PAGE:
Hundreds of banking apps at risk from the new Nexus Android trojan
A new online banking threat has the ability to evade security measures and steal your information. Kurt "Cyberguy" Knutsson tells you how you and your information can stay safe.
Cybercriminals are at it once again. An alarming newly released report from the Italian cybersecurity firm Cleafy revealed a new Nexus Android banking trojan capable of targeting a staggering 450 different banking and financial apps.
This new threat serves as a reminder of the constant need for vigilance and proactive measures by you to protect against these malicious cyber-attacks.
The Nexus trojan is designed to operate stealthily, with the ability to hide from detection and evade security measures. Once installed on your device, the trojan can intercept and steal sensitive data such as login credentials, credit card details, and other financial information. It can also intercept both two-factor authentication codes sent via text and even codes from the Google Authenticator app.
The banking trojan is also able to erase text messages received on an infected device, stop its 2-factor authentication stealer module, and periodically update itself by pinging a cybercriminal-controlled command-and-control server.
The threat intelligence firm Cyble revealed in a blog post that the malware is being distributed through phishing pages disguised as legitimate websites called YouTube Vanced. More and more hackers are gaining access to this malware by using a malware-as-a-service model, which is basically when hackers pay each other for access to more malware.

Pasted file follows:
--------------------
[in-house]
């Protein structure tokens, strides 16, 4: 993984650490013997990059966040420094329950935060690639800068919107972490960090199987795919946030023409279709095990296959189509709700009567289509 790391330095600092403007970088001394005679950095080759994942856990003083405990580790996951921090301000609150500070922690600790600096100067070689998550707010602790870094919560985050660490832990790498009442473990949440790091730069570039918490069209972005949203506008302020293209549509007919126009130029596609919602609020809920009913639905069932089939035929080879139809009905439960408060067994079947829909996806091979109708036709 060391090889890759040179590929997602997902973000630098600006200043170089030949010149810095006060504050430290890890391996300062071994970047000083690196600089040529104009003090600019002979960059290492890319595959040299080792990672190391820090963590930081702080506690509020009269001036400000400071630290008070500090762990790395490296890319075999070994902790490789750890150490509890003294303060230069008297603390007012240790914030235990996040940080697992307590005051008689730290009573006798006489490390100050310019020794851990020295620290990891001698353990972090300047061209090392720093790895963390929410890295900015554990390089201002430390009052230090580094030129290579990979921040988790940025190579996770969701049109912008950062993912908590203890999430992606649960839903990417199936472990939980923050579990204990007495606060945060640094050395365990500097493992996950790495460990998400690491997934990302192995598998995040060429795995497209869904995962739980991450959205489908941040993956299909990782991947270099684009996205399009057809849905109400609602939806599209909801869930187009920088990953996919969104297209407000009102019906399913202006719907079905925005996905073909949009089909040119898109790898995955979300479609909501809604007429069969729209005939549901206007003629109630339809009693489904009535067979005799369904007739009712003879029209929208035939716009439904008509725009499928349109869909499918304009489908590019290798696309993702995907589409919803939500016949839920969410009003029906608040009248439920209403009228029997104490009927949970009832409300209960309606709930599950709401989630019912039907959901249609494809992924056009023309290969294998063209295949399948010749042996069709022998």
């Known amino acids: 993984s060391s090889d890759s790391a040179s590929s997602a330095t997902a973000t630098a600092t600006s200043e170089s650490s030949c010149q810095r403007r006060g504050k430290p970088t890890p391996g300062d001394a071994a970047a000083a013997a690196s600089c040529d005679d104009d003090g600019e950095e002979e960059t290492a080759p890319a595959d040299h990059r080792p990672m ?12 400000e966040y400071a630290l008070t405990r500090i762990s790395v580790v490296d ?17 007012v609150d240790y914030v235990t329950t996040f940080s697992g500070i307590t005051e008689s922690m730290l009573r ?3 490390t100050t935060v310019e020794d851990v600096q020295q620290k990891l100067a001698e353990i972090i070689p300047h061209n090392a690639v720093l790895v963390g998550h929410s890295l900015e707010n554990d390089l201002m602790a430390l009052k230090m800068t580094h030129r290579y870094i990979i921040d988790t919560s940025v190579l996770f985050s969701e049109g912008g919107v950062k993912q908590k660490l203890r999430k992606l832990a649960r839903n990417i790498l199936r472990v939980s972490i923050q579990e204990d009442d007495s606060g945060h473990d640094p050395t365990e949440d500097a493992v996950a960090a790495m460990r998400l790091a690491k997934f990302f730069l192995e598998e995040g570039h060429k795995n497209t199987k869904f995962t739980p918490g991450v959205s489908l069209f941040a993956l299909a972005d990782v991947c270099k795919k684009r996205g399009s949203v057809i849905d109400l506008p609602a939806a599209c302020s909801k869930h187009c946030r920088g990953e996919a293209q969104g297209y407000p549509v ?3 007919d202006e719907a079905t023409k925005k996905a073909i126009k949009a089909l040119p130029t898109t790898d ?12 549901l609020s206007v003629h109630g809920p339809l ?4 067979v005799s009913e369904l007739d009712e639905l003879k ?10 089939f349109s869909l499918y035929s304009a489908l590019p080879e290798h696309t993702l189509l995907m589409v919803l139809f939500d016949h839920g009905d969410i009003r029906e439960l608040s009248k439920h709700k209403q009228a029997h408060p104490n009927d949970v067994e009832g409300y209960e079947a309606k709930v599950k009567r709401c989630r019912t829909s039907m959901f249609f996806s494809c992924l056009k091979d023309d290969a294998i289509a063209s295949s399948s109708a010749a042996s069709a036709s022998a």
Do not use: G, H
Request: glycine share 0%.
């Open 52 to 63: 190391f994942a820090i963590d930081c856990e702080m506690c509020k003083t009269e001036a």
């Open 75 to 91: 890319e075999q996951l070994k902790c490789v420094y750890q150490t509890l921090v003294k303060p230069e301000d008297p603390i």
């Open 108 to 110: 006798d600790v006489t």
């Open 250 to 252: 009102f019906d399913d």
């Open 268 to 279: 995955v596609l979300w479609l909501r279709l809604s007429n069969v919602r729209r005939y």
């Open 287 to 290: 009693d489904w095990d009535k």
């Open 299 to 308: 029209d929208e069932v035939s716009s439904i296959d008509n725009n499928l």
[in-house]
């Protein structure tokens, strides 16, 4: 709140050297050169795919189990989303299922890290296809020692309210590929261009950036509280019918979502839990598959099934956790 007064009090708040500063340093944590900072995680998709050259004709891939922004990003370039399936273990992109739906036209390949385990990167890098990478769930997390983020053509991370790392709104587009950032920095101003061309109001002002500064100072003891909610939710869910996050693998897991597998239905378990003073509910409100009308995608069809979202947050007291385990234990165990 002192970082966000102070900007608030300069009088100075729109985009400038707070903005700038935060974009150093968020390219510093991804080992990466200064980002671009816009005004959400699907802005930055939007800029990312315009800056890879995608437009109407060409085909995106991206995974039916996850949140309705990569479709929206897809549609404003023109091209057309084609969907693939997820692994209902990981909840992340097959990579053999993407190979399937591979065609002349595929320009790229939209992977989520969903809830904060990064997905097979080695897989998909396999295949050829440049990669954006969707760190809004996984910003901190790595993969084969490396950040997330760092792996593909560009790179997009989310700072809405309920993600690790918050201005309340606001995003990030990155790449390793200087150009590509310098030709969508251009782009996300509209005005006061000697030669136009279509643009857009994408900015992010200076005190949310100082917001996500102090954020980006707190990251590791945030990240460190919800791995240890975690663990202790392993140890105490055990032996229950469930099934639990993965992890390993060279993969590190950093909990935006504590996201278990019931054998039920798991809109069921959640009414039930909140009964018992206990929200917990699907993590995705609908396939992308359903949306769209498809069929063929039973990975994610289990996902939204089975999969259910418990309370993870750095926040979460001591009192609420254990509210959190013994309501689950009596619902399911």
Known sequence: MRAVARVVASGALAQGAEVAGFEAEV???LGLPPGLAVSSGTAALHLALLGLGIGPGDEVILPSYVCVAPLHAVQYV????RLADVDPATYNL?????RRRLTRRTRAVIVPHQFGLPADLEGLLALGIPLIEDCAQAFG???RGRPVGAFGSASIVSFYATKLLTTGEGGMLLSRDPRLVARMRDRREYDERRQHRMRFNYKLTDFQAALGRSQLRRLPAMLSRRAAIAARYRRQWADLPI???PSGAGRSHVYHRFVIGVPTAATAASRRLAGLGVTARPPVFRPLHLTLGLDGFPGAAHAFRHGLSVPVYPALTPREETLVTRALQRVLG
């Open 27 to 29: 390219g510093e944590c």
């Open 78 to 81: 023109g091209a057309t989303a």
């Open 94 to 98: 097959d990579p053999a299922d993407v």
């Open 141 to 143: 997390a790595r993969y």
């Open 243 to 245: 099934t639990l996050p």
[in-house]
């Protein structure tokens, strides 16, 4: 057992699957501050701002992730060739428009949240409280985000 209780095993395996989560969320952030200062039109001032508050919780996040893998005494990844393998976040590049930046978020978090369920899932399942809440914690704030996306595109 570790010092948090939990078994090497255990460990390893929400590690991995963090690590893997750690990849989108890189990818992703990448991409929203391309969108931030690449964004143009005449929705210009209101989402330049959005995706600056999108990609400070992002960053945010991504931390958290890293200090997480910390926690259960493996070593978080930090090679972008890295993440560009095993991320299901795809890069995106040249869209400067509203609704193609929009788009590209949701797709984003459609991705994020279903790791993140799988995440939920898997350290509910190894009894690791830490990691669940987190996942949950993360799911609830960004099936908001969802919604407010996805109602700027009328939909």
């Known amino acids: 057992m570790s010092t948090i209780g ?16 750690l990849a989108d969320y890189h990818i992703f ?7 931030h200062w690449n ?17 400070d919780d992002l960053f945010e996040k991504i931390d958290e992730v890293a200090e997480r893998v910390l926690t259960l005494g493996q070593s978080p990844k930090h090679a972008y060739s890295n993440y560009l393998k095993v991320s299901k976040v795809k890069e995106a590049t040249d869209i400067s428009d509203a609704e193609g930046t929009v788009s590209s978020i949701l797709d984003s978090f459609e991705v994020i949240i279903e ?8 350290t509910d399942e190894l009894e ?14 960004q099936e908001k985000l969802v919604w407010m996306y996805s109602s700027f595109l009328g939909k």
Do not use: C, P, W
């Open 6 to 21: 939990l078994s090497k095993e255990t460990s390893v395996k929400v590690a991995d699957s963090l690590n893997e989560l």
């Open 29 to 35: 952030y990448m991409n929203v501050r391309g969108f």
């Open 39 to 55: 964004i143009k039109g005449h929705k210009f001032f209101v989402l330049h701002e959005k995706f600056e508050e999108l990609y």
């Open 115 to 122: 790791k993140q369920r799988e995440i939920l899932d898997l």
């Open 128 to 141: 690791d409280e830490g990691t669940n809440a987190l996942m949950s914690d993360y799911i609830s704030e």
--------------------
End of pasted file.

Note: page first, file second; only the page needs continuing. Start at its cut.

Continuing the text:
Once Nexus gets access to those bank accounts, it can drain and steal from the bank accounts of victims by performing overlay attacks, which is when a fake version of an app is put on top of a legitimate banking app. So when victims try to log in to their banking accounts on an app, the overlay can capture their username and password. Nexus can also use a keylogger to steal any passwords a user may type in or autofill on their phone.
Antivirus software will protect you from accidentally clicking malicious links and will remove any malware from your devices. See my expert review of the best antivirus protection for your Windows, Mac, Android & iOS devices by searching ‘Best Antivirus’ at CyberGuy.com by clicking the magnifying glass icon at the top of my website.
You should also remember never to download a third-party app over an official app. Third-party apps always have the risk of infecting your device with malware, so make sure that you're double-checking that every app you download is legit. Here are a few of my tips to ensure that the apps you download are legitimate and well-reviewed:
Download from official app stores: Always download apps from official app stores such as Google Play Store or Apple App Store. These app stores have security measures in place to ensure that the apps available for download are legitimate.
Check app ratings and reviews: Before downloading an app, look at its rating and read through the reviews. You'll see that I always include this when I talk about an app. This can give you an idea of the quality of the app and whether other users have had any issues with it.
Research the app and developer: Do some research on the app and its developer to see if they have a good reputation. Look for any red flags, such as poor reviews or reports of scams.
Check permissions: When installing an app, pay attention to the permissions it requests. Be cautious of apps that ask for more permissions than they need to function.
By following these few tips, you can greatly reduce the risk of downloading a malicious or low-quality app and avoid any headaches down the road.
Have you seen anything on this new Nexus banking trojan? Let us know below.
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